> Szleza/k shows clearly--as he has in far greater detail in many other
      > works--the weakness in this position. Brisson's addresses what he
      > terms "Plato's revolutionary account of god." The tradition that Plato
      > inherited made the fundamental contrast between the divine and the
      > human turn on the immortality of the former. Plato, with his arguments
      > for the immortality of the human person, undermines this contrast. His
      > historically momentous exhortation to "assimilate oneself to god" is
      > both a radical idea for philosophy and a distinct puzzle. If we are
      > immortal souls, are we not gods already? If we are not gods, how then
      > are we to assimilate ourselves to them? The solution to the puzzle is
      > to separate an immortal part of the soul from the mortal embodied parts
      > and to identify that part with intellect. Thereby a divine being or
      > god need not be embodied. It is the status of disembodied
      > intellects--"personal" in their cognitive dimension though "impersonal"
      > in their lack of idiosyncratic characteristics rooted in the body--that
      > was to consume the exegetical and speculative efforts of later
      > Platonists, especially those who tried to meld Platonism with Biblical
      > religion. Plato himself seemed to resist making his first principle of
      > all, the Idea of the Good, a god, though even relatively early
      > followers of Plato did not.
      >
      > The second section of the book is labeled "Platonisms of Late
      > Antiquity" and it contains the papers of Turner, Strange, and
      > Reydams-Schils. Turner's paper is a detailed treatment of four little
      > known so-called Sethian Gnostic treatises that reveal clear Platonic
      > features. These treatises, perhaps written between 150 and 250 C.E.,
      > represent a non-Christian version of a sort of mythological Platonism
      > arising out of the Jewish tradition, thereby distinguishing it from the
      > "Middle" Platonism of philosophers like Alcinous and Numenius.
      > According to Turner, Plotinus had these Gnostics, among others, in mind
      > when he wrote his treatise "Against the Gnostics." Turner locates the
      > Sethian Gnostics treatises "at the cusp of the shift from Middle
      > Platonism to Neoplatonism." At issue among both Gnostics and Middle
      > Platonists was the status of Plato's Timaeus and Parmenides, the two
      > dialogues that later came to be recognized together by Platonists as
      > containing the culmination of philosophical wisdom. In the former
      > dialogue, the supreme principle of all seems to be the Demiurge, a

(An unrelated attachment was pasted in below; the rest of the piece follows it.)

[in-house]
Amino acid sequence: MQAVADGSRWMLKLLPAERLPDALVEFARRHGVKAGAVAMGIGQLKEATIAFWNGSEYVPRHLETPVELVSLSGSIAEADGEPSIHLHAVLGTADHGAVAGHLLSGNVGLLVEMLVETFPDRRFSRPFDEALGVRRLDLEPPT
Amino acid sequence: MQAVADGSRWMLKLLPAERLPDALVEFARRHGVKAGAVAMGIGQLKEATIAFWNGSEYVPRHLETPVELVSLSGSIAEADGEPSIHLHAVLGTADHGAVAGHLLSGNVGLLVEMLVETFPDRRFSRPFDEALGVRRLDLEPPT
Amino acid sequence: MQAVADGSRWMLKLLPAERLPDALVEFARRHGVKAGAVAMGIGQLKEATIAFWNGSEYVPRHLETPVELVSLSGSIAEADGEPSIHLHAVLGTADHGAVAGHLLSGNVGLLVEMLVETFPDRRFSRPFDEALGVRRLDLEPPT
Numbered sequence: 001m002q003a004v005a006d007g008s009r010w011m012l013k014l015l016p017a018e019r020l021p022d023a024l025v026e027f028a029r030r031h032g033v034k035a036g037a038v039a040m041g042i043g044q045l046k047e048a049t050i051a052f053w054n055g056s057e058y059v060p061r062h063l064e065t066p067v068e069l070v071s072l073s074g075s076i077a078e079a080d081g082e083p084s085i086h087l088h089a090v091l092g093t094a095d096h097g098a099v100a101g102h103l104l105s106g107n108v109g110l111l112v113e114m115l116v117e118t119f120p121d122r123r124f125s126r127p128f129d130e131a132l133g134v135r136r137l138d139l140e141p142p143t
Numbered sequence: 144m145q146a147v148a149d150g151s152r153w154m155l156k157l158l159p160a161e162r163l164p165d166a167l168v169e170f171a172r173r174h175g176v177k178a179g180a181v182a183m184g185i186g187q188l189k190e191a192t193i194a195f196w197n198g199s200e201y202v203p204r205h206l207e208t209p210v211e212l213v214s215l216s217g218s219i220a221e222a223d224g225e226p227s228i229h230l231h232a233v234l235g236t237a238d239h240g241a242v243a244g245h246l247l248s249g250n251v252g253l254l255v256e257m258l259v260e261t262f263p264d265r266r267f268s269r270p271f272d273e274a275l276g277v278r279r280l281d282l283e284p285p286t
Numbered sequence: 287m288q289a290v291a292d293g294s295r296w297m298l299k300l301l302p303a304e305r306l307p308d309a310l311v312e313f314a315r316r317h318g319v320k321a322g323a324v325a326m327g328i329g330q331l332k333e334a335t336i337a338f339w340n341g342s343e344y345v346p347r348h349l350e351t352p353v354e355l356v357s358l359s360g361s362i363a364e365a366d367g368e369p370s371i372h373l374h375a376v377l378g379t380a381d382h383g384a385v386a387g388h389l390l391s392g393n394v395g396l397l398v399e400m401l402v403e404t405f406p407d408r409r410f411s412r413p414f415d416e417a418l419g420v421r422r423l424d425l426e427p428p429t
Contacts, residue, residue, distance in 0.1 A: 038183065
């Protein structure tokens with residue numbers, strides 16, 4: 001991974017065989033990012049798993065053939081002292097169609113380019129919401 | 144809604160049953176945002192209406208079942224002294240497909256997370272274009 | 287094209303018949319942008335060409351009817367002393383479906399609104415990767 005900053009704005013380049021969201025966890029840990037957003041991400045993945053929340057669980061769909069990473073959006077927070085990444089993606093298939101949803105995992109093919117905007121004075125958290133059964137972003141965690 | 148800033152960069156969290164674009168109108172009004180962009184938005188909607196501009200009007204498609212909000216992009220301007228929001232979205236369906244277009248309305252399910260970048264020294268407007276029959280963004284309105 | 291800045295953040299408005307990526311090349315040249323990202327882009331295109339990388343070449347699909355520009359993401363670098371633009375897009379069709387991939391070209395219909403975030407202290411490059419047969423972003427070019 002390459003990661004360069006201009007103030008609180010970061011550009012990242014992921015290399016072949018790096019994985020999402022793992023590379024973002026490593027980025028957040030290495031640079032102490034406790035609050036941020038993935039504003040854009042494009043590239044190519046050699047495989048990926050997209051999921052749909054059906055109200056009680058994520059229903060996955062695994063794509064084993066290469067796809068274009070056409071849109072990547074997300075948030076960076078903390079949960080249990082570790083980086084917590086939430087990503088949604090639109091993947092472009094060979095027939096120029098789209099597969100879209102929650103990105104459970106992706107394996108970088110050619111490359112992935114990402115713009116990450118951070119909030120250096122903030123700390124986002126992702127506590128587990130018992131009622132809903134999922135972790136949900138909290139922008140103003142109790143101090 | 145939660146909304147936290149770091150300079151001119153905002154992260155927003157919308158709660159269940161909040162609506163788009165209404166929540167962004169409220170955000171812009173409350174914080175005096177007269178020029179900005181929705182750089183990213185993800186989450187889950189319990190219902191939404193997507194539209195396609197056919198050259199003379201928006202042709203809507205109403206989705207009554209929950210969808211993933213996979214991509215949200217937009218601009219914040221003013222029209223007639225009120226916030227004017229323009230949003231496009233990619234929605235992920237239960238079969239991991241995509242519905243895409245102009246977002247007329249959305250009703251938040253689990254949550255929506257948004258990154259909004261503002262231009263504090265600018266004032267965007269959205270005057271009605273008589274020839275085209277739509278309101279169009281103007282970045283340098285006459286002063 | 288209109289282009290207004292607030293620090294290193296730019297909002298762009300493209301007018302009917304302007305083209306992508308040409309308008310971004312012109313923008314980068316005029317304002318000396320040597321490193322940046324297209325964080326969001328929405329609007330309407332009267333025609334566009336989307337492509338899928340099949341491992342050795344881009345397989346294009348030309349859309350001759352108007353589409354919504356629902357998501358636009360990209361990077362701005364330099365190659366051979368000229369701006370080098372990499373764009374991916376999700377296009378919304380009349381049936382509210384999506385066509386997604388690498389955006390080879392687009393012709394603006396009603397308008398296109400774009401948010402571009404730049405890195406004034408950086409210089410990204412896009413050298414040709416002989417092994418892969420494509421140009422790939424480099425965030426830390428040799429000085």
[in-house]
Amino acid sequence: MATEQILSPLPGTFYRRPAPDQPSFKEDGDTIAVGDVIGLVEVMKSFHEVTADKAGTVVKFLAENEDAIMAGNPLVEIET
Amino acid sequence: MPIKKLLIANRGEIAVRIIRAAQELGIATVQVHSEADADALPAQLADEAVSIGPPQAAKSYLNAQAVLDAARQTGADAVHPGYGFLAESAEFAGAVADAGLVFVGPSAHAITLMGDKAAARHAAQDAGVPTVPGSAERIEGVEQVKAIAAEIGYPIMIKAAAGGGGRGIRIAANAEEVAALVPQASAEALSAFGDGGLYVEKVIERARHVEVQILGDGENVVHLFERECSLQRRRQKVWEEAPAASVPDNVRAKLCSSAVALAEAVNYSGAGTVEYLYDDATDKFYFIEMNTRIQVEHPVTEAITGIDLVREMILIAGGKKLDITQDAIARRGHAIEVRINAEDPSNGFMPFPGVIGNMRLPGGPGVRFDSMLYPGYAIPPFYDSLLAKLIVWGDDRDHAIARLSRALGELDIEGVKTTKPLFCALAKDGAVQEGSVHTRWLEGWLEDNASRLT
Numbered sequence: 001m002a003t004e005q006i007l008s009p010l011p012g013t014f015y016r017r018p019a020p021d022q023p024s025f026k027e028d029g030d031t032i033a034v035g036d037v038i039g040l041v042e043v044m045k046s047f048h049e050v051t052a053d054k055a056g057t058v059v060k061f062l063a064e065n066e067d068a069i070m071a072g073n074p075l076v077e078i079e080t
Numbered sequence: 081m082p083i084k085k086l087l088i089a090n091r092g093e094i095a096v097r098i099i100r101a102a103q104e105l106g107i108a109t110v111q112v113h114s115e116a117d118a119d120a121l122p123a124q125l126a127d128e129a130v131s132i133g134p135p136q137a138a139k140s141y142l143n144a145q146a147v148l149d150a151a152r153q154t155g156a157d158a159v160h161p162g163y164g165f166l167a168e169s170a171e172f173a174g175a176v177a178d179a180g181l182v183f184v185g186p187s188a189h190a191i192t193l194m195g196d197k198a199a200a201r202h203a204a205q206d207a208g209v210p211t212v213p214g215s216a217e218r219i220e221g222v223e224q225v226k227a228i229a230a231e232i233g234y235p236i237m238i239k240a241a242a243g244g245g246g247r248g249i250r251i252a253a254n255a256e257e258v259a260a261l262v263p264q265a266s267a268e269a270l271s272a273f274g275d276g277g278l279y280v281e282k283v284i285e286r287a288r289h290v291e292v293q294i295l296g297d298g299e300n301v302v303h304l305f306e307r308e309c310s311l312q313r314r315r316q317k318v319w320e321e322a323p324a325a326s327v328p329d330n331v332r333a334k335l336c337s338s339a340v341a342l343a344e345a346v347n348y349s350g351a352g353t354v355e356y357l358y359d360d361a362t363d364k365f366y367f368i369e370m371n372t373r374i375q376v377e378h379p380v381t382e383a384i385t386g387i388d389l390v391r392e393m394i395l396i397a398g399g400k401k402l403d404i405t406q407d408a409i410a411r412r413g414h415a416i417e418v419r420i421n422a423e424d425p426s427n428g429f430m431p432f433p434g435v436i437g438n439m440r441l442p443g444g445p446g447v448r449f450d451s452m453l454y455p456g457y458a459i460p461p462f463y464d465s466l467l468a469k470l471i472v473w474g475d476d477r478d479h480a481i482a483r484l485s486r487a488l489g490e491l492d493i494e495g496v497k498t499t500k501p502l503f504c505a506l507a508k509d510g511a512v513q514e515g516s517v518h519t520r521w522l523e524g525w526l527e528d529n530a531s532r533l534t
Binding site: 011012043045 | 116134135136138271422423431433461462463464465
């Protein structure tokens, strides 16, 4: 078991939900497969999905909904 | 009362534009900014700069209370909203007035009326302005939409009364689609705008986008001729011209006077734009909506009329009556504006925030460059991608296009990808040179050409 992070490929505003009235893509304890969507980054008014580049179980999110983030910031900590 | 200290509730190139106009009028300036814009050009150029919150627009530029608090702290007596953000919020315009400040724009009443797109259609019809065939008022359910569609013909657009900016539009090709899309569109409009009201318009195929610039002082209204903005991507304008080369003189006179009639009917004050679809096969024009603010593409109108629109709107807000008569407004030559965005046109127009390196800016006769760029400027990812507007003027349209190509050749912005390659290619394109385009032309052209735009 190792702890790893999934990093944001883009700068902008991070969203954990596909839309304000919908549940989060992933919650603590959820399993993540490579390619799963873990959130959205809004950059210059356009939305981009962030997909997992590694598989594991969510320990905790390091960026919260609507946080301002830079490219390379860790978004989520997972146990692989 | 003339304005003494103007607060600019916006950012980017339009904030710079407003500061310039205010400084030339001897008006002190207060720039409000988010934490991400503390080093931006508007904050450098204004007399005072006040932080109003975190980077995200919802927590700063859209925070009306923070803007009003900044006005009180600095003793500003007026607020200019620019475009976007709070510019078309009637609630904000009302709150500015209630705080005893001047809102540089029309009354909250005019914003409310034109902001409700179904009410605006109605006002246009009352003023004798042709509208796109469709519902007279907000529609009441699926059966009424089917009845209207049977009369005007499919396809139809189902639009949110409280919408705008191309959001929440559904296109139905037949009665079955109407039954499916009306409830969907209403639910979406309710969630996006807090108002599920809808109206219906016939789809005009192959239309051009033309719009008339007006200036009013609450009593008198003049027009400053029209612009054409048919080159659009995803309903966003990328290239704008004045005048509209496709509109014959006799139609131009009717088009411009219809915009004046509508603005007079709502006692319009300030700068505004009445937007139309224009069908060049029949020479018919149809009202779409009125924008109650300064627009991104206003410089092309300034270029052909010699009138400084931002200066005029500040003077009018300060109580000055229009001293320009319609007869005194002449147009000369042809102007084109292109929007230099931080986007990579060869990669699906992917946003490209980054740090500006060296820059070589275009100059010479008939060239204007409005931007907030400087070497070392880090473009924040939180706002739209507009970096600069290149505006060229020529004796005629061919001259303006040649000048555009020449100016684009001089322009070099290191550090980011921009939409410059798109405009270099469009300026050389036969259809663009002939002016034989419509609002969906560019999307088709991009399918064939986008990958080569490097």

> being sufficiently personal to have (or be) an intellect with a will;
      > in the latter, assuming that the second part of the dialogue contains
      > positive doctrine, the supreme principle seems to be an impersonal and
      > unknowable One. Much of the speculation and mythological writing in
      > this period focuses on the reconciliation or systematization of these
      > seemingly divergent views. As Turner shows, one path of reconciliation
      > is in effect to make the Parmenides a theological treatise, expressive
      > of what later came to be known as negative theology, that is, the claim
      > that, though we cannot know what the first principle of all is, we can
      > know what it is not. Making the first principle of all indirectly
      > knowable in this way seems at least compatible with its being something
      > like an inscrutable person as opposed to, say, a principle of number.
      > Strange's paper provides a nice complement to Turner's, surveying
      > Proclus' references to earlier Platonic exegetes of Plato's Parmenides
      > in his own commentary on that work. By the time of Proclus' first
      > teacher, Plutarch of Athens, the theological or metaphysical
      > interpretation of the second part of the Parmenides was well
      > established, and it was this interpretation that Proclus wanted to
      > defend. But he was aware of many other interpretations, including
      > those that held that there was no substantive content in the second
      > part of that dialogue. He was also aware that some of "the ancients"
      > up to Iamblichus "theologized" that dialogue. Strange briefly
      > addresses the puzzle about the Anonymous Commentary on the Parmenides,
      > a theological reading of the text that may, according to the recent
      > arguments of some, be situated within the period of Middle Platonism.
      > The wealth of evidence provided by Turner seems to increase the
      > probability of this view.
      >
      > Reydams-Schils' paper has a quite different orientation, focusing on
      > late Platonic use of material from the Roman Stoa, in particular,
      > Simplicius' commentary on Epictetus' Enchiridion. As is well known,
      > Platonists from Antiochus of Ascalon to Plotinus thought that of all
      > the competing positions, Stoic ethics was closest to the Platonic
      > model. Strikingly, Simplicius wrote an extensive commentary on
      > Epictetus' little work, evidently because that work was thought to be a